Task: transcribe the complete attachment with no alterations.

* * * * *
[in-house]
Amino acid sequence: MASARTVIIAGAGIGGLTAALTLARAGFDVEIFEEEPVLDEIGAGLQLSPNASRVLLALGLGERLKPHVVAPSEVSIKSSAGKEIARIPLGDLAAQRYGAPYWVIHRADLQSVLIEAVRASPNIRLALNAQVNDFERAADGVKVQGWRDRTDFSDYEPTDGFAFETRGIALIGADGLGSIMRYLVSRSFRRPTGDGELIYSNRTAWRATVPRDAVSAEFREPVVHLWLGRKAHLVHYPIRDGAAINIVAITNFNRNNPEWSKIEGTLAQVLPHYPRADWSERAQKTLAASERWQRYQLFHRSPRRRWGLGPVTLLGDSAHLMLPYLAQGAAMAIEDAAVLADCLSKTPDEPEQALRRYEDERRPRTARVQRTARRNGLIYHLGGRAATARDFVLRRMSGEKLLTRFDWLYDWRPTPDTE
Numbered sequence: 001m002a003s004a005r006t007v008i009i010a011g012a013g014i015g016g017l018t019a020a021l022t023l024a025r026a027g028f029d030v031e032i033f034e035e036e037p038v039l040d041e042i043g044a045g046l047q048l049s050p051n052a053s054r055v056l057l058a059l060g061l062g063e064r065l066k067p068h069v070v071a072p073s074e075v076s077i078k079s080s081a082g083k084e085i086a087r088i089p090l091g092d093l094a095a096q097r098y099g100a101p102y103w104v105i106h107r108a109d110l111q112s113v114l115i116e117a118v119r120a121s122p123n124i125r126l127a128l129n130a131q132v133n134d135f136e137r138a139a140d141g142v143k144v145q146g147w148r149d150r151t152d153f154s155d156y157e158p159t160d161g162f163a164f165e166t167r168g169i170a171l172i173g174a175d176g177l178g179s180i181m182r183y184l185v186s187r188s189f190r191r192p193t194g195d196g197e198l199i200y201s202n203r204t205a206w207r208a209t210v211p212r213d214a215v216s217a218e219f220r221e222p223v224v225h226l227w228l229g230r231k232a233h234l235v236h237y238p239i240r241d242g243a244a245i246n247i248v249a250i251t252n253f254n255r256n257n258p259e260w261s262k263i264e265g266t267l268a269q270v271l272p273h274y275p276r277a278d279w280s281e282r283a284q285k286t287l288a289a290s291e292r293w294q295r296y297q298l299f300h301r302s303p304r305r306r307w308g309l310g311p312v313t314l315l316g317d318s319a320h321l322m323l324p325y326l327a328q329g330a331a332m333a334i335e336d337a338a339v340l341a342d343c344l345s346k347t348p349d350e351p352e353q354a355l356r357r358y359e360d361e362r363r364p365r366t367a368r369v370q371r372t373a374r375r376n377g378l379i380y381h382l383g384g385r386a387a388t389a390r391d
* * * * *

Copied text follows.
[in-house]
Amino acid sequence: MASARTVIIAGAGIGGLTAALTLARAGFDVEIFEEEPVLDEIGAGLQLSPNASRVLLALGLGERLKPHVVAPSEVSIKSSAGKEIARIPLGDLAAQRYGAPYWVIHRADLQSVLIEAVRASPNIRLALNAQVNDFERAADGVKVQGWRDRTDFSDYEPTDGFAFETRGIALIGADGLGSIMRYLVSRSFRRPTGDGELIYSNRTAWRATVPRDAVSAEFREPVVHLWLGRKAHLVHYPIRDGAAINIVAITNFNRNNPEWSKIEGTLAQVLPHYPRADWSERAQKTLAASERWQRYQLFHRSPRRRWGLGPVTLLGDSAHLMLPYLAQGAAMAIEDAAVLADCLSKTPDEPEQALRRYEDERRPRTARVQRTARRNGLIYHLGGRAATARDFVLRRMSGEKLLTRFDWLYDWRPTPDTE
Numbered sequence: 001m002a003s004a005r006t007v008i009i010a011g012a013g014i015g016g017l018t019a020a021l022t023l024a025r026a027g028f029d030v031e032i033f034e035e036e037p038v039l040d041e042i043g044a045g046l047q048l049s050p051n052a053s054r055v056l057l058a059l060g061l062g063e064r065l066k067p068h069v070v071a072p073s074e075v076s077i078k079s080s081a082g083k084e085i086a087r088i089p090l091g092d093l094a095a096q097r098y099g100a101p102y103w104v105i106h107r108a109d110l111q112s113v114l115i116e117a118v119r120a121s122p123n124i125r126l127a128l129n130a131q132v133n134d135f136e137r138a139a140d141g142v143k144v145q146g147w148r149d150r151t152d153f154s155d156y157e158p159t160d161g162f163a164f165e166t167r168g169i170a171l172i173g174a175d176g177l178g179s180i181m182r183y184l185v186s187r188s189f190r191r192p193t194g195d196g197e198l199i200y201s202n203r204t205a206w207r208a209t210v211p212r213d214a215v216s217a218e219f220r221e222p223v224v225h226l227w228l229g230r231k232a233h234l235v236h237y238p239i240r241d242g243a244a245i246n247i248v249a250i251t252n253f254n255r256n257n258p259e260w261s262k263i264e265g266t267l268a269q270v271l272p273h274y275p276r277a278d279w280s281e282r283a284q285k286t287l288a289a290s291e292r293w294q295r296y297q298l299f300h301r302s303p304r305r306r307w308g309l310g311p312v313t314l315l316g317d318s319a320h321l322m323l324p325y326l327a328q329g330a331a332m333a334i335e336d337a338a339v340l341a342d343c344l345s346k347t348p349d350e351p352e353q354a355l356r357r358y359e360d361e362r363r364p365r366t367a368r369v370q371r372t373a374r375r376n377g378l379i380y381h382l383g384g385r386a387a388t389a390r391d